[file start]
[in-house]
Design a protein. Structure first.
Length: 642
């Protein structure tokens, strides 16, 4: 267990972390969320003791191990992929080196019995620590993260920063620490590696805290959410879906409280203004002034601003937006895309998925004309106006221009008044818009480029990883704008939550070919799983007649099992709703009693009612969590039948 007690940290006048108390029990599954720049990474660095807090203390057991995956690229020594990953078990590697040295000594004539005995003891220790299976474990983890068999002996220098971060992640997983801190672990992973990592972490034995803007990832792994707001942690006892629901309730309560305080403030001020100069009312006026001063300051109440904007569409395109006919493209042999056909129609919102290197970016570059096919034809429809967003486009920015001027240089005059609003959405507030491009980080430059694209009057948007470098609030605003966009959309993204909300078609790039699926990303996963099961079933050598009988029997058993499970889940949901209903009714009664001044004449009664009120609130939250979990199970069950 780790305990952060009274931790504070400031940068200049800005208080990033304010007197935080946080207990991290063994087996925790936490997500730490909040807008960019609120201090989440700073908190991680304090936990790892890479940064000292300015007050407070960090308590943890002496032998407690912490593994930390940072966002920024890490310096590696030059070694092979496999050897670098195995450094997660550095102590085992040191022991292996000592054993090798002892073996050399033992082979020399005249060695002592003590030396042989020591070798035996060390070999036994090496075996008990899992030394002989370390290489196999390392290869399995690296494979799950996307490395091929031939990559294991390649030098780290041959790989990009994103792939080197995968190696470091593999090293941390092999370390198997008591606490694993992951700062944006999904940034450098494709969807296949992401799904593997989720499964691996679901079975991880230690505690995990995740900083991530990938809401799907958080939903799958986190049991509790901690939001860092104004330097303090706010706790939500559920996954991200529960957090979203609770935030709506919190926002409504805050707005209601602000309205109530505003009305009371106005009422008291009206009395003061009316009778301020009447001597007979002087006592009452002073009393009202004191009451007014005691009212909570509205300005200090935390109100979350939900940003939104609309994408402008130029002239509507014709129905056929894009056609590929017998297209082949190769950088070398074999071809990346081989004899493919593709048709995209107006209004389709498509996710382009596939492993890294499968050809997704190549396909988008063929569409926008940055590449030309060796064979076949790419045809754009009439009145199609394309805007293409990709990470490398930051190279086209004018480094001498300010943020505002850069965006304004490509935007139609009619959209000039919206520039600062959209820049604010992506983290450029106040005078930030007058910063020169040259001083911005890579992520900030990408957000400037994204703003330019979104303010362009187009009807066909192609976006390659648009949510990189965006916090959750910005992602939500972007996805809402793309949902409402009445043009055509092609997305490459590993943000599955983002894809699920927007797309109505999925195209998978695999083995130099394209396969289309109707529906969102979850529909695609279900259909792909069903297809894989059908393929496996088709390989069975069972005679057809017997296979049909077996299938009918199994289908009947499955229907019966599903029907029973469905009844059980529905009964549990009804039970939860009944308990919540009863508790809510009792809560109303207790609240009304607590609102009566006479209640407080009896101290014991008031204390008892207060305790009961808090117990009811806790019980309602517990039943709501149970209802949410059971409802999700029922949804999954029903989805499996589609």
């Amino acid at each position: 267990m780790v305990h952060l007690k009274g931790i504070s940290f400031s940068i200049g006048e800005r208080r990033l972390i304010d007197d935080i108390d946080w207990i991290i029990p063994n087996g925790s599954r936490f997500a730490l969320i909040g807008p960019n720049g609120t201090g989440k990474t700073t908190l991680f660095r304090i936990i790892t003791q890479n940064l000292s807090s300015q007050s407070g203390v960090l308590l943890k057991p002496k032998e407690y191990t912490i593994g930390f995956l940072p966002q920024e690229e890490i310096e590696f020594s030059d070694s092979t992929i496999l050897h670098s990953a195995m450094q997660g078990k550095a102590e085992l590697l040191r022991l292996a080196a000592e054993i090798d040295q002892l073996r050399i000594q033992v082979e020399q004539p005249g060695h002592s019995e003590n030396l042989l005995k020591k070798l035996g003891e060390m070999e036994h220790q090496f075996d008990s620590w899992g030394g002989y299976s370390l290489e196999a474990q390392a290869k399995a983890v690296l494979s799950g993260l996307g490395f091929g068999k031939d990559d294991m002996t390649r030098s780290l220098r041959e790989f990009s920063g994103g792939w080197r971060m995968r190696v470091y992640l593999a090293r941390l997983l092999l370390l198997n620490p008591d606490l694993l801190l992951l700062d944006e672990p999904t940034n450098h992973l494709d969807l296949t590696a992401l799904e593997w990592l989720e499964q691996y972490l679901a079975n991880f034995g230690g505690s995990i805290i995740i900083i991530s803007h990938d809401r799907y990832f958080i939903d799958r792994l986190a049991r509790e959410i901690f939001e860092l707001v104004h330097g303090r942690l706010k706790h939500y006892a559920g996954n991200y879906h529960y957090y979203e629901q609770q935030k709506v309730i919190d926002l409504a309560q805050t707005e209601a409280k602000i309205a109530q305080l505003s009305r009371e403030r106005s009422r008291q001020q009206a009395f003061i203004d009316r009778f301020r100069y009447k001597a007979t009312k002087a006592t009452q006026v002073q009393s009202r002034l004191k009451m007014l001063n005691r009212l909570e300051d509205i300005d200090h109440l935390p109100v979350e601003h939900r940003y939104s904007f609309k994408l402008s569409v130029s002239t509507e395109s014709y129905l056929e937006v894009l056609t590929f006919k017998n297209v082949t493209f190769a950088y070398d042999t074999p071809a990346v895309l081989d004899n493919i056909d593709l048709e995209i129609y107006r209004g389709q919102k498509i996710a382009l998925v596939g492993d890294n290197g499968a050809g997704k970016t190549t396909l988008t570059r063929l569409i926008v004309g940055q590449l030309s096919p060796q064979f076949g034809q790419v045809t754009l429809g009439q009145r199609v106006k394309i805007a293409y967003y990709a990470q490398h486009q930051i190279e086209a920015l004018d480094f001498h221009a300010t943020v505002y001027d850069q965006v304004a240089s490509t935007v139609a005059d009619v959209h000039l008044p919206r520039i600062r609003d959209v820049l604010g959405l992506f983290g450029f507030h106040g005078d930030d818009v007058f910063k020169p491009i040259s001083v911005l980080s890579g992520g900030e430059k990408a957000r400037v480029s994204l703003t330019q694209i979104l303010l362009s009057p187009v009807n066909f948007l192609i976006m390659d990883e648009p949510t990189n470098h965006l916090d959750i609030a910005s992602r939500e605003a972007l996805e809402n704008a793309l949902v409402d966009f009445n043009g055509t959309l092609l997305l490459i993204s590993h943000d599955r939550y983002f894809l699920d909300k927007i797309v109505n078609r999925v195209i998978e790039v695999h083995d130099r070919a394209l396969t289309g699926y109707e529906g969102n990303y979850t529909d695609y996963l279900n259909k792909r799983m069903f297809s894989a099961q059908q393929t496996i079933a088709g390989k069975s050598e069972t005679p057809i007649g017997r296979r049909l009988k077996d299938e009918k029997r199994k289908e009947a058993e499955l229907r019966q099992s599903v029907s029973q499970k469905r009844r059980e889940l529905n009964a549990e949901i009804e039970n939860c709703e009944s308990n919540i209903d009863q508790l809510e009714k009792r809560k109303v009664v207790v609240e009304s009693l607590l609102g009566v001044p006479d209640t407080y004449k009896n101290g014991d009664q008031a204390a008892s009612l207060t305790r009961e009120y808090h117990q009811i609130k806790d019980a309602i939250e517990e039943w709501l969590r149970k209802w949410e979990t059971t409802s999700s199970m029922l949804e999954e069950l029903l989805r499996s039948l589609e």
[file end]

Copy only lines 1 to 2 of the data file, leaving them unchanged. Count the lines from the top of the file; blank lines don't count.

[in-house]
Design a protein. Structure first.